Geographic Connection to Pennsylvania: West Chester, Chester County
West Chester native Samuel Barber won a Pulitzer Prize for the libretto to the opera Vanessa. His most famous composition is Adagio for Strings, featured in Platoon.
Awards: Pulitzer Prize
Samuel Barber was born in West Chester, Pennsylvania, in 1910. His family and the area’s cultural climate allowed for his musical growth. Throughout Barber’s life, his family’s cottage at Pocono Lake Preserve was a valued retreat. As a composer Barber not only created a vast collection of musical pieces, but also an enduring American musical tradition. During his career Barber was awarded two Pulitzer Prizes for the Piano Concerto and the opera Vanessa. Barber also gained entrance into the prestigious American Academy. After a long period of ailing health, Barber died in New York City in 1981.
Samuel Osborne Barber, II, pioneer of the American Symphony, hailed from the conservative atmosphere of West Chester, Pennsylvania. The people who lived there regarded musicians with suspicion. Music was considered a diversion. Despite this social attitude, the remarkably handsome, strong, lively, and intelligent Barber insisted his life purpose was to become a composer. At six, Barber was already inventing piano melodies. He taught himself musical notation by writing vocal lines first and then adding accompaniment. Barber developed a unique style of fusing music with poetry. Still in his adolescence, Barber wrote many pieces for piano, several for the organ, a work for two pianos, a cantata, a suite for the violin, and his first opera. He spent summers with his aunt and uncle, Sidney and Louise Homer, in Bolton, New York, which provided a lively cultural oasis for him. There he was encouraged to become acquainted with only the finest music.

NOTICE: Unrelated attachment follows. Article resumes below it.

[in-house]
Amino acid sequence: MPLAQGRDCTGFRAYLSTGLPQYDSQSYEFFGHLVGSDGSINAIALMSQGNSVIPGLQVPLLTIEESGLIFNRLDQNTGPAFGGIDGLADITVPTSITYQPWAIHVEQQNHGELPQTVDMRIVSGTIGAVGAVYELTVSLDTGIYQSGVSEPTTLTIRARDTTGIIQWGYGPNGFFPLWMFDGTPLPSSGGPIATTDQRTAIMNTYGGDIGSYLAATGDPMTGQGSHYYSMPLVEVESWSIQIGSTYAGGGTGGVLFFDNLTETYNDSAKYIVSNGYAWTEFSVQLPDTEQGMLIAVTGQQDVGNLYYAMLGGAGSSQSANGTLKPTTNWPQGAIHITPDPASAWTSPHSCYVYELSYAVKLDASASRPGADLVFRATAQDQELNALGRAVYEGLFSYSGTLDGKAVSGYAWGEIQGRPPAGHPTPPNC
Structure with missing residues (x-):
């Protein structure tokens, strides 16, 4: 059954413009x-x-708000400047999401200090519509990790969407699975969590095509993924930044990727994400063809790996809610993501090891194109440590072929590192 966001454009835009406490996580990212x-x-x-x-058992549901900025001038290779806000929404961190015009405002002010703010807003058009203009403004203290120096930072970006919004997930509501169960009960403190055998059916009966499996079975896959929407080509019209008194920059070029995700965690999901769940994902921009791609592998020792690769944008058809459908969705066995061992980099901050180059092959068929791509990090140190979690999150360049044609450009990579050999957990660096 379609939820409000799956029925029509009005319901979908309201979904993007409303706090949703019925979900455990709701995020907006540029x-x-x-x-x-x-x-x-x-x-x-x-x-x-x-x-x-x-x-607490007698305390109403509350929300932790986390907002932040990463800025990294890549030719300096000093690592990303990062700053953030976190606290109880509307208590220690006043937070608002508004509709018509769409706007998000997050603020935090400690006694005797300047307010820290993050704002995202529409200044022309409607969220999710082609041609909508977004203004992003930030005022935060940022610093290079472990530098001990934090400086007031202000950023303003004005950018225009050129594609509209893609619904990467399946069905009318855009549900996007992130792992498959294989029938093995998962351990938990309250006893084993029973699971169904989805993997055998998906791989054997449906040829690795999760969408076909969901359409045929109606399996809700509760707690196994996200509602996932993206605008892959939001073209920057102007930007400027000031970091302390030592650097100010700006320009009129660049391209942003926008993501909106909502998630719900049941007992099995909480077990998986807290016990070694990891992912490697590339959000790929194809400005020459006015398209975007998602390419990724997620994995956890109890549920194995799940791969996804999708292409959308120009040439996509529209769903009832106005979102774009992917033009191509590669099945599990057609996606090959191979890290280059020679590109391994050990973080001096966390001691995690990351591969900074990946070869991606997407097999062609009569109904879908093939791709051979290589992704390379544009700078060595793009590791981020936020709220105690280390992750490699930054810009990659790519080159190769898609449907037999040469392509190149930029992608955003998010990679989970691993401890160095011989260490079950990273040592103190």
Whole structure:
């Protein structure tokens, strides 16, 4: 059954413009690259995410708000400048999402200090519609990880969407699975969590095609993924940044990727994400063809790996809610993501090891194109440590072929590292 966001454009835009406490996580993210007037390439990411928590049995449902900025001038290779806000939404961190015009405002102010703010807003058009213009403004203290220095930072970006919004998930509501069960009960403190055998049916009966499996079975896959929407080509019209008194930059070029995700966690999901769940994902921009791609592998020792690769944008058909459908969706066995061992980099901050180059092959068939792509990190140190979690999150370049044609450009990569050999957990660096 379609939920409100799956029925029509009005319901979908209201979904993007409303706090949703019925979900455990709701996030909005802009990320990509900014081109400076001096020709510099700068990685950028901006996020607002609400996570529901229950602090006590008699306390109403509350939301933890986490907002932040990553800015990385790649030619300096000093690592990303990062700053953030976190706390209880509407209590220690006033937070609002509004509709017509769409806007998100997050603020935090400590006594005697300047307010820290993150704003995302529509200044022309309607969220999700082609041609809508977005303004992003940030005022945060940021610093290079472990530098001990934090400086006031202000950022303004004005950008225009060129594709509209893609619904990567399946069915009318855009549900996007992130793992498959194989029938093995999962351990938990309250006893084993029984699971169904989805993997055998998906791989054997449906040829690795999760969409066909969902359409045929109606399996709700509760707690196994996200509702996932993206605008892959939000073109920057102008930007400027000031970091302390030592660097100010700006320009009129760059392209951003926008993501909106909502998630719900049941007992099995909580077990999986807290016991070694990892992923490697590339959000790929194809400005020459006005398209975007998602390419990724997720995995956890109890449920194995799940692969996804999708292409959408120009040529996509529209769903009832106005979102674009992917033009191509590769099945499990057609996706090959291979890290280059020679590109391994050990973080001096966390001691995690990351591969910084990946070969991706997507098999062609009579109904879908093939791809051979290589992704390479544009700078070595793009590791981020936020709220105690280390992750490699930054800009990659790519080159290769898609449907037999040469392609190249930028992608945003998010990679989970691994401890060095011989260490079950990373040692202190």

Barber was an outstanding student and leader who composed his class alma mater, which still stands as the song for West Chester’s high school. At 14, a very ambitious Barber commuted weekly to the Curtis Institute of Music in Philadelphia to have music lessons and to focus on literature and foreign language. The Philadelphia area also gave him access to the sounds of the Philadelphia Orchestra and The Academy of Music. Barber was the most talented student of music in America. He was granted the Prix de Rome award and the Pulitzer traveling scholarship in 1935, earning him two years of study at the American Academy in Rome. This short-lived yet invaluable European experience served to boost his long, prestigious musical career. Barber was a very literary composer. The texts of Barber’s songs were inspired by the lyrics of such poets as Percy Bysshe Shelley, James Joyce, and William Butler Yeats. Barber was already attracting gifted musicians who recognized his work as unique because it incorporated the literary into the world of music; words appreciated by the mind could now be felt by the heart through musical notes.
As a direct result of Barber’s entrance to the American Academy, Barber composed his First Symphony and crafted his most well-known composition, Adagio for Strings (1936). (Click here to hear a radio essay about the Adagio for Strings, part of National Public Radio’s series on the 100 most important musical works of the twentieth century. The file requires Real Player to run.) Adagio for Strings would later be used as the haunting theme to Oliver Stone’s film, Platoon, based on Stone’s first-hand combat experience in Vietnam. The Adagio, our “national funeral music,” has forever been associated with the death of a prominent person. It was played at the funerals of Presidents Franklin Roosevelt and John F. Kennedy, Albert Einstein, Senator Robert A. Taft, and after the World Trade Center attacks on September 11, 2001.